PORTLAND — The solar farm planned atop the capped Ocean Avenue landfill can proceed now that the Maine Department of Environmental Protection has approved a revised permit for the project.
“The goal is to complete the solar array before snow flies,” city Sustainability Coordinator Troy Moon said in an email Tuesday about the 660-kilowatt array, which will have more than 2,800 solar panels and was intended to generate enough electricity to power City Hall.
The July 20 approval to modify the landfill closure plan comes about two years after councilors authorized City Manager Jon Jennings to reach an agreement with Revision Energy to build the solar farm on 4.3 acres on top of the 45-acre landfill, which was closed 40 years ago.
Intended to be done concurrently with the solar farm that opened at the capped South Portland landfill last fall, the city project stalled when DEP found conditions at the landfill did not comply with state regulations.
On Tuesday, city spokeswoman Jessica Grondin said remediation has cost $455,000.
On Monday, Brian Beneski of the DEP said problems with the landfill cap and accumulating methane gas made the site unsuitable for building the solar farm. Stormwater infiltration was causing contaminated water to leach at the site, while methane leaks were destroying vegetation needed to protect the cap, according to the DEP.
“We want to protect the landfill infiltration system,” Beneski said. “We just want to make sure the solar panels don’t damage the landfill or prevent maintenance.”
What it meant for the city was the need to improve venting of the methane and to rebuild the cap to a minimum of 24 inches. The first 18 inches needs to be a barrier preventing water from seeping under the cover, and the top six inches must be topsoil to ensure proper drainage.
As it moved forward on capping work last year, the city was also stopped from using soil taken from the State Street Infrastructure Project, since required analytical sampling of that soil had not been done.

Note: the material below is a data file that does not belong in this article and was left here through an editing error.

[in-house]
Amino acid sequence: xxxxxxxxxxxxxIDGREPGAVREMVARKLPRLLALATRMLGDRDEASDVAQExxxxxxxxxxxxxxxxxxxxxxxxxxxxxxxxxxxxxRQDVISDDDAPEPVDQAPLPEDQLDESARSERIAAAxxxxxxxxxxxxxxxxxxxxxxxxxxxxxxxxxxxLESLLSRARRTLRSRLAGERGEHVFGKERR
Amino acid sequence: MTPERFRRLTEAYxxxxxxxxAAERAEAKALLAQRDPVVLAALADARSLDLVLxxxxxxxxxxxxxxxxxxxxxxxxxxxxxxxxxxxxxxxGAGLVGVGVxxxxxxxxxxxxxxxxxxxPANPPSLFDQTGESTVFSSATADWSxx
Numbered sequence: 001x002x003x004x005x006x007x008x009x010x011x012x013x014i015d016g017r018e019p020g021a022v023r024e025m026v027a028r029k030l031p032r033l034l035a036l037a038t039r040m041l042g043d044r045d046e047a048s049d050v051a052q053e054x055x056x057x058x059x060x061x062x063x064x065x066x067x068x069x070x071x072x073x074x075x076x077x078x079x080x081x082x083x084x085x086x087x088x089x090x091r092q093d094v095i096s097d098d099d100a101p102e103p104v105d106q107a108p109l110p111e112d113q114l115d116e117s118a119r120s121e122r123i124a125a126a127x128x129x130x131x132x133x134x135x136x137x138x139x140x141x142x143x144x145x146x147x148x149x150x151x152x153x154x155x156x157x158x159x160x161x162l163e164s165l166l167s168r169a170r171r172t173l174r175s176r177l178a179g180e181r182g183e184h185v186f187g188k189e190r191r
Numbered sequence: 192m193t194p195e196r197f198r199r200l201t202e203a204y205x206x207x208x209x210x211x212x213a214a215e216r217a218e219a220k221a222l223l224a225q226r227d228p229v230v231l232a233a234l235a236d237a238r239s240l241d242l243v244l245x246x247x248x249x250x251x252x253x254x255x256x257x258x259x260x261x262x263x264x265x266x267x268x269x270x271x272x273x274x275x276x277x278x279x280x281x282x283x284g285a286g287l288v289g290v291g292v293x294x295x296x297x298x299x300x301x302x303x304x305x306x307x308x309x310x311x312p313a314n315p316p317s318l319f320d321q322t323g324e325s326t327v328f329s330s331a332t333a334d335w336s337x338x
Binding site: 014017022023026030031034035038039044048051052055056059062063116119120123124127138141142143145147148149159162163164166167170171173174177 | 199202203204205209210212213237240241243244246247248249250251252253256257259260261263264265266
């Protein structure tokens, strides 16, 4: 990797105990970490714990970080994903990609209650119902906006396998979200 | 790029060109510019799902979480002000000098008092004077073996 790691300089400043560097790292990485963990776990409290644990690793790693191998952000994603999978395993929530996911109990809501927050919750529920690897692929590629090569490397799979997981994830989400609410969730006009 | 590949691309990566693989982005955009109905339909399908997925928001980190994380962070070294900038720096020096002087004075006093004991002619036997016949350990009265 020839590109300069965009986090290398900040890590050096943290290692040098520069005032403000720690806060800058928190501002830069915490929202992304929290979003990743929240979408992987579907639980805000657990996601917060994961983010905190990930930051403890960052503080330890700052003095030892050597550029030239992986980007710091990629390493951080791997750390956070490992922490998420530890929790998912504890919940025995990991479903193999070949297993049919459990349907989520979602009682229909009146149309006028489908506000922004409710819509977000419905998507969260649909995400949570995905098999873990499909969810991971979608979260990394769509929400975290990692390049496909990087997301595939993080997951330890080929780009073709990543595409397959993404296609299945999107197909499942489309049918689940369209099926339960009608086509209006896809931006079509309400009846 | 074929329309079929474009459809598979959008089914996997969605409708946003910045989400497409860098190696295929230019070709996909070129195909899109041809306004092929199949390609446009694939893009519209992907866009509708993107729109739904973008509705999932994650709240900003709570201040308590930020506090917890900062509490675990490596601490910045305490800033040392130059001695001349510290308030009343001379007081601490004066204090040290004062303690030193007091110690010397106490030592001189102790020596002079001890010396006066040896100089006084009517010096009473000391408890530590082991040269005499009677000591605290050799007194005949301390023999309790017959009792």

City Public Works Director Chris Branch said July 27 the city ultimately bought clay from Shaw Brothers in Gorham to rebuild the cap.
DEP findings also elicited concerns from landfill neighbors, including Sarah Scola and Portland Water District Trustee and former City Council candidate Kim Rich.
“It has all been an incredible education. As local neighbors to the landfill, we were all a tad concerned, but thought everything was up to code,” Rich said Monday.
On Tuesday, Scola said the findings showed better care of the entire site was needed. She and Rich said the city and state were responsive and open.
“Throughout the process, both state and local staff and officials have made themselves available to provide information when requested,” Scola said.
Scola added she was pleased the city has committed to testing groundwater in nearby wells.
The approval requires the city to show the DEP the rest of the landfill is properly regraded and capped, and a comprehensive maintenance plan must also be submitted by Dec. 31, 2019.
Branch said the state will reimburse the city for up to 90 percent of the gas remediation work, but that work was only 30 percent of what the city has spent on compliance.
The most recent agreement between the city and Sunfill North, a Revision Energy subsidiary, dates to Oct. 17, 2017. It had called for the solar farm to begin operating by Dec. 31, 2017.
The contract sets out a 25-year life for the farm, with the city buying electricity generated for more than 10 cents per kilowatt-hour. Moon said the farm is expected to produce 1.12 million kWh. The rates increase to almost 12 cents per kWh in the seventh year of the agreement, when the city has its first option to buy the farm.
Installation costs are paid for by Revision, and the first buyout option is for $1.6 million.
As part of the permit needed to build a solar farm at the Ocean Avenue landfill, the state DEP also required Portland to fence off the entire landfill.
The Ocean Avenue landfill area is also home to wildlife, including this piebald doe, and is frequented by dog walkers.
A contractor carries gravel to the top of the Ocean Avenue landfill, where Portland officials hope a solar farm will be completed this fall. Construction stalled for two years while the landfill was regraded and recapped.